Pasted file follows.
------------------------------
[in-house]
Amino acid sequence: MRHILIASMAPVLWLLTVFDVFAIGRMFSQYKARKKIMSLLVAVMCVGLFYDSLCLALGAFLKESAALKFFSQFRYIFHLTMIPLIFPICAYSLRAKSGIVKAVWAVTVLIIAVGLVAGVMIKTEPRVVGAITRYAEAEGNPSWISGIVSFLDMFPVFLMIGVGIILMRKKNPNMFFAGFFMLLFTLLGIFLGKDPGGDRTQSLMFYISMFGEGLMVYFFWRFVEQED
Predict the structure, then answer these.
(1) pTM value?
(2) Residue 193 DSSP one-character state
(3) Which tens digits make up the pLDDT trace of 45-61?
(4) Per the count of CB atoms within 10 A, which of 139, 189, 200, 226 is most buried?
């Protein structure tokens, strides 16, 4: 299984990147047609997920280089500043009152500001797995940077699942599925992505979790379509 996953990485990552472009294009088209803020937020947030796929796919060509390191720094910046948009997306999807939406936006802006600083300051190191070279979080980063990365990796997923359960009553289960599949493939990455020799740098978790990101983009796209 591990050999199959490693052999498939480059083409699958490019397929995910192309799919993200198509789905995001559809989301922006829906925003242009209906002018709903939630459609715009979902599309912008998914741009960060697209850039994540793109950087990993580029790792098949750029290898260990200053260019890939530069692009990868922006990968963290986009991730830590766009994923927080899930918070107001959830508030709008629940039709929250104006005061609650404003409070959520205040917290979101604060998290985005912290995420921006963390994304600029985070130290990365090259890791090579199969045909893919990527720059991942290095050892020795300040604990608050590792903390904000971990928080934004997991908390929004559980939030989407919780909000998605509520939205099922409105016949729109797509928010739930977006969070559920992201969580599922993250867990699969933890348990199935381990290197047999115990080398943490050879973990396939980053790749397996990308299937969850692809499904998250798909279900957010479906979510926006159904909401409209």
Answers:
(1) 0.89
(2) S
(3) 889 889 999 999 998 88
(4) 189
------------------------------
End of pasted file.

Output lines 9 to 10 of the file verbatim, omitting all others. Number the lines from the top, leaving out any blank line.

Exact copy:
Answers:
(1) 0.89